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...and its friend, the other one
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Back of the Wellington R1646 memorial in Braemar.
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Interesting and moving memorial this. The aircraft crashed in 1942, and in 1999 one of the young lads in the search party - now much older - set about establishing this memorial, which uses one of the two Pegasus engines. Get up close, and you can see how the cables and pipes are all there, loose and movable amidst the molten metal.

Down a lot earlier than intended for the day, I headed to a cafe called Taste at the top of the village, for a delicious light lunch and explored the course of the Dee til sundown. The next day, would the wind have dropped, and if so, Lochnagar or Glenshee?
User avatar
EmmaKTunskeen
Munro compleatist
 
Posts: 196
Munros:27   Corbetts:17
Grahams:9   Donalds:4
Sub 2000:2   Hewitts:51
Wainwrights:41   Islands:12
Joined: Aug 19, 2016
Location: West Sussex

Re: Little visit to Big Nose

Postby HalfManHalfTitanium » Thu Nov 23, 2017 9:12 am

An interesting report with some great photos!

I've not been up Morrone but judging by these shots, it's a great viewpoint for the Cairngorms and the Braemar area.

The summit mast...mmm - I recall that, when wild camping at the haunting ruins of Altanour Lodge in Glen Ey, the only sign of the 21st (or indeed the 20th) century was the faraway mast on Morrone!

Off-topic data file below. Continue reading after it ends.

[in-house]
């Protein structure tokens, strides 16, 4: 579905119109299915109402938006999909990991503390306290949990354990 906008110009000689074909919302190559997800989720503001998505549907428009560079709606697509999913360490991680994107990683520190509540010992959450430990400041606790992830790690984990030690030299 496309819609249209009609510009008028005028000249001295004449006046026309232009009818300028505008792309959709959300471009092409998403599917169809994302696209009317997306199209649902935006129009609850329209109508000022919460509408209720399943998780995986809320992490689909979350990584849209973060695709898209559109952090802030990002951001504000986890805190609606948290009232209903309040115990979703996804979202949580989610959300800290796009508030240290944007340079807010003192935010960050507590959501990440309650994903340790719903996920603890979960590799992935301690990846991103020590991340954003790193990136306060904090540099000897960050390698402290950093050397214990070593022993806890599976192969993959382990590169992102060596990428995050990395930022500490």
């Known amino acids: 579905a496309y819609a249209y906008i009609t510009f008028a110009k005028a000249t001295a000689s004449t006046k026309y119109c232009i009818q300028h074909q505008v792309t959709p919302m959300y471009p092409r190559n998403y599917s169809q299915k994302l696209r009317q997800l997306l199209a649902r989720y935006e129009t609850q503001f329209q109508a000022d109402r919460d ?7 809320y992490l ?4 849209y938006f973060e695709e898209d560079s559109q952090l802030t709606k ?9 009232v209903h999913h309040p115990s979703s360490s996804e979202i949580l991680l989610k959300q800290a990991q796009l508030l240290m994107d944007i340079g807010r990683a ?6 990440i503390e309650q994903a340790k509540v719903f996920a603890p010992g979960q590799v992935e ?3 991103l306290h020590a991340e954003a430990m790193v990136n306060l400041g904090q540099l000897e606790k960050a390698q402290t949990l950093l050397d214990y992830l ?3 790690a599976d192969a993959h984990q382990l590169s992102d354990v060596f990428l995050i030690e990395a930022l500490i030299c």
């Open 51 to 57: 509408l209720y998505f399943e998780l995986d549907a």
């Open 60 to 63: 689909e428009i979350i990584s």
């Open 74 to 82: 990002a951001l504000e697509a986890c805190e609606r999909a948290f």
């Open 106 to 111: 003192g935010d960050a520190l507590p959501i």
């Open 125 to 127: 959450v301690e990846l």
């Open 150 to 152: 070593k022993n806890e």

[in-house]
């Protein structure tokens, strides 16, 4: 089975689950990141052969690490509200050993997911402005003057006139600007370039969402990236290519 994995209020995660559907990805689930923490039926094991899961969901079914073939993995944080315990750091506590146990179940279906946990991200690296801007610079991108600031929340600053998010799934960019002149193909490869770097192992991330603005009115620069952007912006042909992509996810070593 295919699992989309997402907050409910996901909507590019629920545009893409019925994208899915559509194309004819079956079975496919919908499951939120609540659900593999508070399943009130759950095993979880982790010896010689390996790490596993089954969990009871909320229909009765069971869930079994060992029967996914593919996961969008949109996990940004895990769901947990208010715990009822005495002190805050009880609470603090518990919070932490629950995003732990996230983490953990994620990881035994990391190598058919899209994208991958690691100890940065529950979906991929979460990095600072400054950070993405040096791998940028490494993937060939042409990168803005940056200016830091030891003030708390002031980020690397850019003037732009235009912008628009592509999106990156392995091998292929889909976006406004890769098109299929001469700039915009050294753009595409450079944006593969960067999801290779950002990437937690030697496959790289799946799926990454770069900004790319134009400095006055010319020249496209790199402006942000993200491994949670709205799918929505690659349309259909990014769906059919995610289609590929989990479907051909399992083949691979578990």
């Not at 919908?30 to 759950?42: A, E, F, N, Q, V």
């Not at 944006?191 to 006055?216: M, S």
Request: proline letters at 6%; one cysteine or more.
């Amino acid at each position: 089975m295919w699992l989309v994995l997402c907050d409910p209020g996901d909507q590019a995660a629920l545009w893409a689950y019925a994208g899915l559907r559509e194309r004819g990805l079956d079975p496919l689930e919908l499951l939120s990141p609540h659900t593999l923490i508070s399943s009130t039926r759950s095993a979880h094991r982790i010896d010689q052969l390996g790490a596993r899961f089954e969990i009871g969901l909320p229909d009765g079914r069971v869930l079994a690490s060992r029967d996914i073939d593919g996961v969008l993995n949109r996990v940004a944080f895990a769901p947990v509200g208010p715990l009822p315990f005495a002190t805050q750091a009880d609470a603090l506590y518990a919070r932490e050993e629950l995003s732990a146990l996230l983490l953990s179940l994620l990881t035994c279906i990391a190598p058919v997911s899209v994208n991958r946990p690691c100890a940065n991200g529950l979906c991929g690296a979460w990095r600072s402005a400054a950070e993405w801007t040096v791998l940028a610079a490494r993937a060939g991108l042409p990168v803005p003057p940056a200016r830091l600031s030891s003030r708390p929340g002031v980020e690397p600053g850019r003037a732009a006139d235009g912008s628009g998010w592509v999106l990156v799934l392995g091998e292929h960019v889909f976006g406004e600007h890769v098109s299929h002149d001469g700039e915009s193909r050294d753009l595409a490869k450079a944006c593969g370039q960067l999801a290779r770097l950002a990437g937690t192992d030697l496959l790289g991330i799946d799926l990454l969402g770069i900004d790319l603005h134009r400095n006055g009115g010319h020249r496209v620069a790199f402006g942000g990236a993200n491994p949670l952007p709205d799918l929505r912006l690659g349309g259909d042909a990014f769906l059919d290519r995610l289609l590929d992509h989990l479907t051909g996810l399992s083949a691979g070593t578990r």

(https://www.walkhighlands.co.uk/Forum/viewtopic.php?f=9&t=58920

Tim
User avatar
HalfManHalfTitanium
Mountain Walker
 
Posts: 1339
Munros:95   Corbetts:10
Grahams:2   Donalds:1
Hewitts:148
Wainwrights:103   
Joined: Mar 11, 2015

Re: Little visit to Big Nose

Postby EmmaKTunskeen » Fri Nov 24, 2017 10:51 am

HalfManHalfTitanium wrote:An interesting report with some great photos!

I've not been up Morrone but judging by these shots, it's a great viewpoint for the Cairngorms and the Braemar area.

The summit mast...mmm - I recall that, when wild camping at the haunting ruins of Altanour Lodge in Glen Ey, the only sign of the 21st (or indeed the 20th) century was the faraway mast on Morrone!

(https://www.walkhighlands.co.uk/Forum/viewtopic.php?f=9&t=58920

Tim


From your report: "fascinating and challenging to be able to Bag a huge number of Peat Hags.

No, it's not really. "

Thank you - that had me giggling! Loved your report. It's fun seeing what lies on the other side of the hills I was looking at.

As for Morrone, my shots have a lot of summit 'n' cairn in them, but if you can stand upright the other side of the mast, then yes the views over to the Cairngorms are superb.
User avatar
EmmaKTunskeen
Munro compleatist
 
Posts: 196
Munros:27   Corbetts:17
Grahams:9   Donalds:4
Sub 2000:2   Hewitts:51
Wainwrights:41   Islands:12
Joined: Aug 19, 2016
Location: West Sussex

Re: Little visit to Big Nose

Postby HalfManHalfTitanium » Fri Nov 24, 2017 3:26 pm

thanks, yes, I would recommend a walk into those little-known hills - Altanour is a magical wild camping spot with a touch of Narnia about it. Loch nan Eun and its the surrounding hills are beautiful.

But as I was with a Munroist (who, now, only has 1 to go!) we all went the "extra mile" and extended the walk across the peat-hag extravaganza to Carn Bhac. But I think that for enjoyment, it is better to climb that hill separately!

I really like the Braemar / Ballater area - so based on your photos, I will definitely give Morrone a go next time I'm there!

Tim
User avatar
HalfManHalfTitanium
Mountain Walker
 
Posts: 1339
Munros:95   Corbetts:10
Grahams:2   Donalds:1
Hewitts:148
Wainwrights:103   
Joined: Mar 11, 2015